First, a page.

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I'd like to be able to create a logging mechanism, which very simply passes arguments through to printf, but I need syntax highlighting, and validation of input. This is the outline for the Log namespace I have so far.

#pragma once
#include "pch.h"

namespace Log
{   
    // Determines whether to create the console window or not.
    // Turn off for before release.
    extern bool CreateConsoleWindow;

    // Initialisation.
    extern bool Init();

    // Writes a line to the console, appended with \r\n.
    extern void WriteLine(const char* _Format, ...);

    // Writes a line to the console, with a [Debug] prepend.
    extern void DebugInfo(const char* _Format, ...);

    // Writes a line to the console, with a [Server] prepend.
    extern void ServerInfo(const char* _Format, ...);

    // Destruction.
    extern bool Dispose();
}

This is my implementation for Log::WriteLine(_Format, ...):

    // Writes a line to the console, appended with \r\n.
    void WriteLine(const char* _Format, ...)
    {
        // Print the message.
        char buffer[4096];
        va_list args;
        va_start(args, _Format);
            auto rc = vsnprintf(buffer, sizeof(buffer), _Format, args);
        va_end(args);

        // Append the new line.
        printf("\r\n");
    }

But when I do this, I lose all the validation and syntax highlighting, which is essential, being a beginner, from the input string. For instance:

auto hash = Crypto::GetHash(syntax[1].c_str()); // unsigned long, by way of multiple nested macros.
printf("Hash: %d", hash);

This would show %d in lime green, and there would be a warning on hash in the the printf, saying it won't be displayed, because it expects %lu. I rely on VS to teach me what I'm doing wrong, so that I can learn from my mistakes.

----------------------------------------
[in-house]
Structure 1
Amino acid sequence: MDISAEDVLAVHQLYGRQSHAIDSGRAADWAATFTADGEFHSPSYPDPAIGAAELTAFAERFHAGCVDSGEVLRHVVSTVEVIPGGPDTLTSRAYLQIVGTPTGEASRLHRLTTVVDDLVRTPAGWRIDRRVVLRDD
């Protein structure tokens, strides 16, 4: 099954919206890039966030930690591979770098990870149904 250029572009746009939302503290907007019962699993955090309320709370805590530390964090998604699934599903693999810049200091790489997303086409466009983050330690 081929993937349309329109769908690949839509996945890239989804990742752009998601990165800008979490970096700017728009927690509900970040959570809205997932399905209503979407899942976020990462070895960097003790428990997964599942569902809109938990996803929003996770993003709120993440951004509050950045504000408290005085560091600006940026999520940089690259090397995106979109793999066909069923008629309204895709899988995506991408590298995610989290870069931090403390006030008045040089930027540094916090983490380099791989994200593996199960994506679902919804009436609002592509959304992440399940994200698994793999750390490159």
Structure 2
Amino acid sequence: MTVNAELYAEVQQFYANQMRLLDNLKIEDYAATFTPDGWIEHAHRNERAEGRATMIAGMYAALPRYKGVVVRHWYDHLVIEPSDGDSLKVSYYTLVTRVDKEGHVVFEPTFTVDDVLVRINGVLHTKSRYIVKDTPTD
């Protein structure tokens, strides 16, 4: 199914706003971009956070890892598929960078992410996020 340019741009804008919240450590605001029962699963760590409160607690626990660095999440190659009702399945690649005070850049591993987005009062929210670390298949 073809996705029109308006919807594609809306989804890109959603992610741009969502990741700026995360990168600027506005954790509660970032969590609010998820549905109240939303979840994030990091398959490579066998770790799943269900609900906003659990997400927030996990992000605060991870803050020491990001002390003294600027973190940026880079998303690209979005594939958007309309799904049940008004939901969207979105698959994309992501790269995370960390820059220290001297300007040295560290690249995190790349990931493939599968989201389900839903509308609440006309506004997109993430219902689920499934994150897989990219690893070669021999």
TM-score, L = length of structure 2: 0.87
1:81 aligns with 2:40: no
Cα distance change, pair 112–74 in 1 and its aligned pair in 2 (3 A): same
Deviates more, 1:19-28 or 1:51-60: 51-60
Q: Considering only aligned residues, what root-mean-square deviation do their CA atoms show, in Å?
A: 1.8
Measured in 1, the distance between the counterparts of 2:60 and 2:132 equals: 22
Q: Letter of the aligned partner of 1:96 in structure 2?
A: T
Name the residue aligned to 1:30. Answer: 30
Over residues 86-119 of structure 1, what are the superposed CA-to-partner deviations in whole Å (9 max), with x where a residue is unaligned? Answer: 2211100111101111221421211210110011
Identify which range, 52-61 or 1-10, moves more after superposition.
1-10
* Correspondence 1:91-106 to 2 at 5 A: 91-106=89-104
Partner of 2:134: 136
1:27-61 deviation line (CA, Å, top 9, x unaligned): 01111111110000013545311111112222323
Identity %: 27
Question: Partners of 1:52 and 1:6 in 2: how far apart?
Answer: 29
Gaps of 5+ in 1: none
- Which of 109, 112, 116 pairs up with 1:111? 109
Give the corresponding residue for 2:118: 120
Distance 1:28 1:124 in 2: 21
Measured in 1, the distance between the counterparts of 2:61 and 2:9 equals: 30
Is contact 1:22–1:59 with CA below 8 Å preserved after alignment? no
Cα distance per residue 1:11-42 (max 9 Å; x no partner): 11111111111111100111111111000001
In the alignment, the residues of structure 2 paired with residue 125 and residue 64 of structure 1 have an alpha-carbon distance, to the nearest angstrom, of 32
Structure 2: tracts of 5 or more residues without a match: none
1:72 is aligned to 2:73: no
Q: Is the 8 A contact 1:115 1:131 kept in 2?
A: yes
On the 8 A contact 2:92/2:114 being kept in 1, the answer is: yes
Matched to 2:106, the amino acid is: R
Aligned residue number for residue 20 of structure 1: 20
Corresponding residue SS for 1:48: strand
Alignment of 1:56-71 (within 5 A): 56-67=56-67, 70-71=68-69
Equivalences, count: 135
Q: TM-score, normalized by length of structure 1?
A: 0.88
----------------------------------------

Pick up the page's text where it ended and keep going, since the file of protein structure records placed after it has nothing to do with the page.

If I do the same with my function:

auto hash = Crypto::GetHash(syntax[1].c_str()); // unsigned long, by way of multiple nested macros.
Log::WriteLine("Hash: %d", hash);

Then %d is the same brown as the rest of the string, and there is no validation error.

These two things are essential. Is there any way to make this work properly? I'm new to C++ after about a decade of .NET experience, and the learning curve is massive. I thought I'd start with the basics, just an easy logging system, so I can see what is being output at any time, in a clean and elegant way. In C#, this would have only taken a couple of minutes to put together, but in C++, it's now four hours later, I have about 40 tabs open in three windows of Firefox, and I'm still smashing my head against every brick wall it's possible to come across.

I've tried to define a macro inside the namespace:

    #define WriteLine(_Format, ...) printf(_Format, __VA_ARGS__)

But is says it can't find printf. I've tried decorating with _Printf_format_string_:

    extern int _cdecl DebugInfo(_Printf_format_string_ const char* _Format, ...);

But that makes no difference. I've tried __attribute__((format(printf, 1, 2)))

    extern void WriteLine(const char* _Format, ...) __attribute__((format(printf, 1, 2)));

But that throws up a mass of errors about expecting a {, unexpected identifier, and expected a declaration, but doesn't say where, or why, or how.

Am I asking too much of C++, for such a basic request?

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Modern code editors and IDEs (and compilers!) provide additional support for the printf family of functions beyond the scope of the C++ and C languages. One prime example of that is extended error checking for the format strings, which cannot be done in C at all, and in C++ only with major pains. There are a few ways of achieving your aim with only minor modifications.

<iostreams> Solution

By default, std::cout is synchronized with printf, so you may not actually need to deal with printf directly. There are many solutions out there for how to achieve various results with the iostreams library framework, even though it is a bit of a hassle to use. It is type-safe, thus not requiring additional IDE support to directly show mistakes.

Note that iostreams has a rather bad reputation for its complexity and ease-of-use.

Typesafe Variadic Template

You can use a variadic template along the lines of:


void add_format_specifier(std::ostream& out, int const&) {
    out << "%d";
}

void add_format_specifier(std::ostream& out, char const*) {
    out << "%s";
}

void add_format_specifier(std::ostream& out, hex const&) {
    out << "%x";
}

template<typename... Args>
void WriteLine(Args&&... args) {
    std::ostringstream format;
    ((void)0, ..., add_format_specifier(format, args));
    printf(format.str().c_str(), args...);
}